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Chief Justice invigorates bpTT interns

Published: 
Thursday, September 3, 2015
Chief Justice Ivor Archie, fourth from right, has a conversation with a few of the bpTT interns as Joel Primus, Community Sustainability and Stakeholder Relations adviser, bpTT, second from right, looks on.

Eleven interns from bpTT were inspired to fulfill their potential as citizens and future leaders following their visit with Chief Justice Ivor Archie, at the Hall of Justice in Port-of-Spain recently. 

Guided by bpTT’s community sustainability and stakeholder relations adviser Joel Primus and resourcing adviser Sonya Le Maitre, the interns were afforded a tour of the Hall of Justice by Kieron Blackman, court communication officer at the Judiciary of T&T. Blackman explained the significance of historical items housed in the atrium display in addition to showing them the layout of a criminal courtroom, which marks its 30th anniversary this year, a release said.

Following the tour, the group met with the Chief Justice and Justice Maria Wilson, both of whom gave accounts of their careers and fielded a number of questions from the interns. The judges recounted the incidents that inspired them, challenges they had faced as students, highlights of memorable cases and changes they wished to see in the administration of justice.

It was an especially illuminating experience for Kavita Deochan, who is going into her second year of studies at Hugh Wooding Law School. “This visit was very fruitful and I really appreciate that beyond law, the Chief Justice and Justice Wilson spoke to us about analytical thinking skills, individualism and life in general. Today really typifies my experience as an intern at bpTT. Working in their legal department is amazing in terms of gaining an understanding of oil and gas law and interacting with the brilliant staff there. I could not ask for a better platform than this internship to step up and go forward in my journey toward becoming a productive citizen of T&T.”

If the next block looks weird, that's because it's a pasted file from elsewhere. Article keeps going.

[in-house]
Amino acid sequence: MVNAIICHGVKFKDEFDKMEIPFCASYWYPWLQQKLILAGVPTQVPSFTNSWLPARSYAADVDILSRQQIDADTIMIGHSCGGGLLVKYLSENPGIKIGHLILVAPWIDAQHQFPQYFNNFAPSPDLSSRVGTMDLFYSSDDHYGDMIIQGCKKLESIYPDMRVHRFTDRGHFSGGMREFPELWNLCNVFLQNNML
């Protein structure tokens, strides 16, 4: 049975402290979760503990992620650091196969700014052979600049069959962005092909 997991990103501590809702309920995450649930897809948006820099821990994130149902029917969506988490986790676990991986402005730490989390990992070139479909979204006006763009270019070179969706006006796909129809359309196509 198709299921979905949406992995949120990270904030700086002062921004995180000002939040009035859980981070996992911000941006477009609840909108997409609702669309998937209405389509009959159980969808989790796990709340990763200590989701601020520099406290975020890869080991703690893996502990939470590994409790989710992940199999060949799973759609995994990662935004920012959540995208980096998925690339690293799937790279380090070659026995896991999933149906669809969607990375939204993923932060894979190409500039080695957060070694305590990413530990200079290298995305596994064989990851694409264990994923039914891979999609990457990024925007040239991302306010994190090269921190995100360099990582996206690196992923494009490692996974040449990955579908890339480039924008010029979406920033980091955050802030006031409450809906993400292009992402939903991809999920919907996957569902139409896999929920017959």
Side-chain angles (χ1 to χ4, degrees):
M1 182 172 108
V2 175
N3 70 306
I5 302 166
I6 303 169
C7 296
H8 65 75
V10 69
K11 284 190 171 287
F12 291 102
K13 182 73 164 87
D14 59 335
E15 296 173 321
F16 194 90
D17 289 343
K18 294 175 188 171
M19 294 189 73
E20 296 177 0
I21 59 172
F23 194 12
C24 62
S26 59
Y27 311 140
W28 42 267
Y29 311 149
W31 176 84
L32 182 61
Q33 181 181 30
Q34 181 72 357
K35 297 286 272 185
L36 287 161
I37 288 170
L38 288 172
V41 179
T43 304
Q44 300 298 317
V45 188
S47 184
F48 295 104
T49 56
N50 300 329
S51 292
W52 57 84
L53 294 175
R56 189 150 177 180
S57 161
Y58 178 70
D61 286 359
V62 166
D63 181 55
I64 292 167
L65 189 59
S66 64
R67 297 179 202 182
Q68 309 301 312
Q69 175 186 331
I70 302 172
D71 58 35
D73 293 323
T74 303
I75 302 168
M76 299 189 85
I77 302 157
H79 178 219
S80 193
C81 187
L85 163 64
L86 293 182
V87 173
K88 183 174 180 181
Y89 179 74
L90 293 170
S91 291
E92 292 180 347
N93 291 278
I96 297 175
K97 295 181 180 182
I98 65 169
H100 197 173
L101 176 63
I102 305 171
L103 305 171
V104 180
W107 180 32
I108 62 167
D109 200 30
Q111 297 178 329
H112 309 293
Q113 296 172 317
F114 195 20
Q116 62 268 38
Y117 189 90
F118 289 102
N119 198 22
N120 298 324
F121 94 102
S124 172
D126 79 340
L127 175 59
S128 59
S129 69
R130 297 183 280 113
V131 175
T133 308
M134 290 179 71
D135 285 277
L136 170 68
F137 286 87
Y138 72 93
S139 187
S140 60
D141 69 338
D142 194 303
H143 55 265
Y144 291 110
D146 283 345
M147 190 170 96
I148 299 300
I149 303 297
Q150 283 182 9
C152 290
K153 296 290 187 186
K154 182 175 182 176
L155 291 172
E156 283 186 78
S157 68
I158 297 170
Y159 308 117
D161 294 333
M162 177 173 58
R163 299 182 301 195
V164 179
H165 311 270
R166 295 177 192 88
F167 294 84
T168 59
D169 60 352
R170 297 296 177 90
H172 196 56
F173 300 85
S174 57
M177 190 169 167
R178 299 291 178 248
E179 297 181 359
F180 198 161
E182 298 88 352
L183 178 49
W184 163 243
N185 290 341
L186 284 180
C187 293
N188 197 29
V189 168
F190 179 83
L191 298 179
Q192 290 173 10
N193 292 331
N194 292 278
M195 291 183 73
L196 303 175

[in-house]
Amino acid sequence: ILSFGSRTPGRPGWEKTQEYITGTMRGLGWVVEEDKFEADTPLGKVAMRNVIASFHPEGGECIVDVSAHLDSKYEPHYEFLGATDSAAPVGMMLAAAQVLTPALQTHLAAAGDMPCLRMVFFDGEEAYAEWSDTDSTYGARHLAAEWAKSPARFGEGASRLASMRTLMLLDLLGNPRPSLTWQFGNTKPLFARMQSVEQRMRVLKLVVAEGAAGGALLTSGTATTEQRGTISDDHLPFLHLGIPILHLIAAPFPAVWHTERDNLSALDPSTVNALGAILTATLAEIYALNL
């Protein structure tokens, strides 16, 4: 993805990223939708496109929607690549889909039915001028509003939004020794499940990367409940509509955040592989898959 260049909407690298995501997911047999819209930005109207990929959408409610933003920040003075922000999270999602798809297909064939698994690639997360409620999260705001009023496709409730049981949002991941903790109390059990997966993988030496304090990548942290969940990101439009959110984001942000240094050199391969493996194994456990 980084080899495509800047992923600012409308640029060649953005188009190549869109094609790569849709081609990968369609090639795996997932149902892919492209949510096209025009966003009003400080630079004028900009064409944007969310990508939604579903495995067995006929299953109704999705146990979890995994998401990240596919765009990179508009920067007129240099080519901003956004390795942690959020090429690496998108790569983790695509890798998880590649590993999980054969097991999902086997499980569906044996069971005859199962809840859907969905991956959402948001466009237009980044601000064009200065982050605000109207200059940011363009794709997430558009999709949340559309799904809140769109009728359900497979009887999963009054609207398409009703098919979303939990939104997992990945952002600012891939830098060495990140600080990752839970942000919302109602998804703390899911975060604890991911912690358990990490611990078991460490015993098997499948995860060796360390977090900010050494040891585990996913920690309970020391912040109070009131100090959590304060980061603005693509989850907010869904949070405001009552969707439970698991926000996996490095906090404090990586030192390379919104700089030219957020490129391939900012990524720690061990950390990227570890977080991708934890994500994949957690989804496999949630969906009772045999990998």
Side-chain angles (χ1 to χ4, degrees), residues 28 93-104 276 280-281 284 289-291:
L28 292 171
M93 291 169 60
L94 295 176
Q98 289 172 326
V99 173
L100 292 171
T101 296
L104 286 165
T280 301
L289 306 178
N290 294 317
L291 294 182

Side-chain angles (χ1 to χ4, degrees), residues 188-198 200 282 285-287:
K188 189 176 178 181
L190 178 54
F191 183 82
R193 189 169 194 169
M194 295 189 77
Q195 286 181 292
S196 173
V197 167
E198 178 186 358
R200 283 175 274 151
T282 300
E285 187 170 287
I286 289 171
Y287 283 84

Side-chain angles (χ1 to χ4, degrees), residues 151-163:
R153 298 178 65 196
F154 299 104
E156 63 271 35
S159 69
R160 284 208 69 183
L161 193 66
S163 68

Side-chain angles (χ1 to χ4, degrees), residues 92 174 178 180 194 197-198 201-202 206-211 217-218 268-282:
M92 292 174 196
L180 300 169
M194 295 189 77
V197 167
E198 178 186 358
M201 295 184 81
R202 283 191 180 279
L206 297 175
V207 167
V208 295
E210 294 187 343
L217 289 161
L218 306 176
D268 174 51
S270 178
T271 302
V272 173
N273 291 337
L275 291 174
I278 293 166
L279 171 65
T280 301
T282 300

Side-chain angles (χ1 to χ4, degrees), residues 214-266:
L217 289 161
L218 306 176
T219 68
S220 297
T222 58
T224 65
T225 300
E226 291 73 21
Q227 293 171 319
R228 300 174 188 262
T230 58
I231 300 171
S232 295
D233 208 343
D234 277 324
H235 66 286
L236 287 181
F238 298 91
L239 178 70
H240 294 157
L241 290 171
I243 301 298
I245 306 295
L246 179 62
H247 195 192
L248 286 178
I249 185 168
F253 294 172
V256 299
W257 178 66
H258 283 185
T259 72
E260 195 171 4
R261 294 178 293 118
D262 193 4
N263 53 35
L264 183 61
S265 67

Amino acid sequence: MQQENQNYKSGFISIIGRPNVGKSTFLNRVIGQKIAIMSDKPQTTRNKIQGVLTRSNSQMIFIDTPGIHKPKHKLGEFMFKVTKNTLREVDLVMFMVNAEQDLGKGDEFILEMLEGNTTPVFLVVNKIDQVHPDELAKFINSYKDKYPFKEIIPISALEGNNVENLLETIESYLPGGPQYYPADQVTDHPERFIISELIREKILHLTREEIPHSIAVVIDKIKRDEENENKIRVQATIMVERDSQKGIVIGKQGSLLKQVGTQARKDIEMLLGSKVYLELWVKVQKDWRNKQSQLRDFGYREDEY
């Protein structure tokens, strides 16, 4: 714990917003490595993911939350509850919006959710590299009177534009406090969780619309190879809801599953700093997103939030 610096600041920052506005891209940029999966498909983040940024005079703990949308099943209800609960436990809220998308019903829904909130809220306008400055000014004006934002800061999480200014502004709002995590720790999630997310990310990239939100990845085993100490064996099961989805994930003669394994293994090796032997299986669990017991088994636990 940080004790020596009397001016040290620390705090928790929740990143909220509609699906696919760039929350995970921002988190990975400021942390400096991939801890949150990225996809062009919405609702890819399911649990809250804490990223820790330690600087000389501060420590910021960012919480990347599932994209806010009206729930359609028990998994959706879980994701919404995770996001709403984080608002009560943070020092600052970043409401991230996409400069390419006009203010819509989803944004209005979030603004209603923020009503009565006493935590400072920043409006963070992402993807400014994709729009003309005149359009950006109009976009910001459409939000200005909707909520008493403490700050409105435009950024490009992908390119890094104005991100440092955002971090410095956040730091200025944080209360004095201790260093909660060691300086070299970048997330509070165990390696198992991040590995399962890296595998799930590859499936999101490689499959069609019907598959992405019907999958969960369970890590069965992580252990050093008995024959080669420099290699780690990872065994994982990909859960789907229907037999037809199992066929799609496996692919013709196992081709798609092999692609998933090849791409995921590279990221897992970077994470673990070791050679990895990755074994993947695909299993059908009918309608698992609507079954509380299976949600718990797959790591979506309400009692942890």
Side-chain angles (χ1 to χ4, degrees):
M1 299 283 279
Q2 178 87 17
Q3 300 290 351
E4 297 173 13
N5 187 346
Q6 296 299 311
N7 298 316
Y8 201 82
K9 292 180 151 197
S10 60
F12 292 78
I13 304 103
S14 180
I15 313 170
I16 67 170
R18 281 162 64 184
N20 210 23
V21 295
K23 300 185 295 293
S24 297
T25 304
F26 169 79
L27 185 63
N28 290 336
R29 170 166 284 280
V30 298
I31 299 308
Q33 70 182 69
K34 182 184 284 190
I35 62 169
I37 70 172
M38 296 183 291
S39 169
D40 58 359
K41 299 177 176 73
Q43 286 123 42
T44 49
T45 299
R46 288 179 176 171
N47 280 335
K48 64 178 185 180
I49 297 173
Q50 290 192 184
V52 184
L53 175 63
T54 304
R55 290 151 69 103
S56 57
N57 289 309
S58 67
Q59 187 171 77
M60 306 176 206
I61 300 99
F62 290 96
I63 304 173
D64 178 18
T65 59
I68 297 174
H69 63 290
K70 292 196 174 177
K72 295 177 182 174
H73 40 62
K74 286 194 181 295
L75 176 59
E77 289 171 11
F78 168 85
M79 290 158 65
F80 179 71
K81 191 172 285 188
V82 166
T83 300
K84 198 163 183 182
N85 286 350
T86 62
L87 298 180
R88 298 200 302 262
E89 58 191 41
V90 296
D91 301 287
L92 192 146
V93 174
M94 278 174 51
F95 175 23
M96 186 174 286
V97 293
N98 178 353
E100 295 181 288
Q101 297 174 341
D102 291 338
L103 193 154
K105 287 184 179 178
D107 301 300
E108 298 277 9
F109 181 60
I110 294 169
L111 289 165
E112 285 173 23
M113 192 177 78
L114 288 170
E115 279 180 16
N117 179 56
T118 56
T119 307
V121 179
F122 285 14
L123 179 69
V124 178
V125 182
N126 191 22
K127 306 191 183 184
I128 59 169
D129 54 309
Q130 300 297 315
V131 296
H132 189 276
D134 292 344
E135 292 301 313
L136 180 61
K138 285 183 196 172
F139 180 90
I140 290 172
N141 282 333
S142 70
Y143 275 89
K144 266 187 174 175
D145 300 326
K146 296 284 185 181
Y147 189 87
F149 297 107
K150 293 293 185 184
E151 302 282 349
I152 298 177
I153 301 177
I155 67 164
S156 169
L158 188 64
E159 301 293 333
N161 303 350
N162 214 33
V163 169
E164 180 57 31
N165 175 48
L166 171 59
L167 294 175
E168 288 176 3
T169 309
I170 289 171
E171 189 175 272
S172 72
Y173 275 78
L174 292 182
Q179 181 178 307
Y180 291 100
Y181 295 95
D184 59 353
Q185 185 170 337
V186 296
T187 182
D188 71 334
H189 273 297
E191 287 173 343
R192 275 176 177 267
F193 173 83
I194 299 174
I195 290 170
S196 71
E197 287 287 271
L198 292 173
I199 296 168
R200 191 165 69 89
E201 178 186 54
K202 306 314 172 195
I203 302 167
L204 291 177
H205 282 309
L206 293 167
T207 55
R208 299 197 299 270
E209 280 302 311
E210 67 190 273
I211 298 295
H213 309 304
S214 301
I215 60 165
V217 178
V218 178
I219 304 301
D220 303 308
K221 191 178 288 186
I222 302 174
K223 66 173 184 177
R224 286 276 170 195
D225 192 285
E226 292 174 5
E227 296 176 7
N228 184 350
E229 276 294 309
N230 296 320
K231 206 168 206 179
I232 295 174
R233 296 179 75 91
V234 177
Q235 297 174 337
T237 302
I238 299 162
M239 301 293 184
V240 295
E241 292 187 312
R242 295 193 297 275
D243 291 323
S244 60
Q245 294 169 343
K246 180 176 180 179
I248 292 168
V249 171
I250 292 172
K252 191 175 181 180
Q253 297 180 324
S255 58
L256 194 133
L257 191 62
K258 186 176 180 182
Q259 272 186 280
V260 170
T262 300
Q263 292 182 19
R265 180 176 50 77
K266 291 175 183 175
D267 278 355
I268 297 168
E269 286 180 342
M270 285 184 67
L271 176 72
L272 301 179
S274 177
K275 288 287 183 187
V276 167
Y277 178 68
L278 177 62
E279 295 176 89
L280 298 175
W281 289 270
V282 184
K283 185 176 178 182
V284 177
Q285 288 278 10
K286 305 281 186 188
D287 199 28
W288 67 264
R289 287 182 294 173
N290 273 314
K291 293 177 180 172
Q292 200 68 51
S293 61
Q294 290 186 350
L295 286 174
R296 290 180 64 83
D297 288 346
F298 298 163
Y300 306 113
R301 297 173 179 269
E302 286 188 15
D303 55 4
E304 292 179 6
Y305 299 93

Ronda Francis, corporate responsibility manager, bpTT, gave insight into their internship programme: “Beyond the technical skills, these young people will gain through their experiences within the different departments at bpTT. We are also seeking to facilitate their all-round development as conscientious citizens. This visit and discussion with the Chief Justice seeks to engender a sense of national leadership in these young people and realisation of their role as the future leaders of our country.”

At the end of the visit, Chief Justice Archie sought to motivate the interns: “I see that sharing the benefit of the lessons I learnt in my life is as important as any duty I shoulder in the role of Chief Justice, and so interacting with you today was a privilege. The mere fact that you all are in tertiary education means that you represent a small proportion of the global population. As such, you need to recognise that any one of you can influence things on a global scale. I urge you to get a sense of your importance and responsibility in realising your full potential and making your country, and the world, a better place.” 

Justice Wilson also added her words of encouragement, “Always ask yourself why you are here and what is your purpose in life. As young and upcoming professionals, you need to create a consciousness about your role in society and make a lasting contribution to its development.”

BpTT’s internship programme enrolls the brightest T&T students who are entering their final year of studies at university. This year’s intake represents a diverse range of academic disciplines including education, electrical and computer engineering, accounting, pharmacology, law and agriculture. The interns are split between the company’s Port-of-Spain head office and the bpTT Mayaro Resource Centre. 

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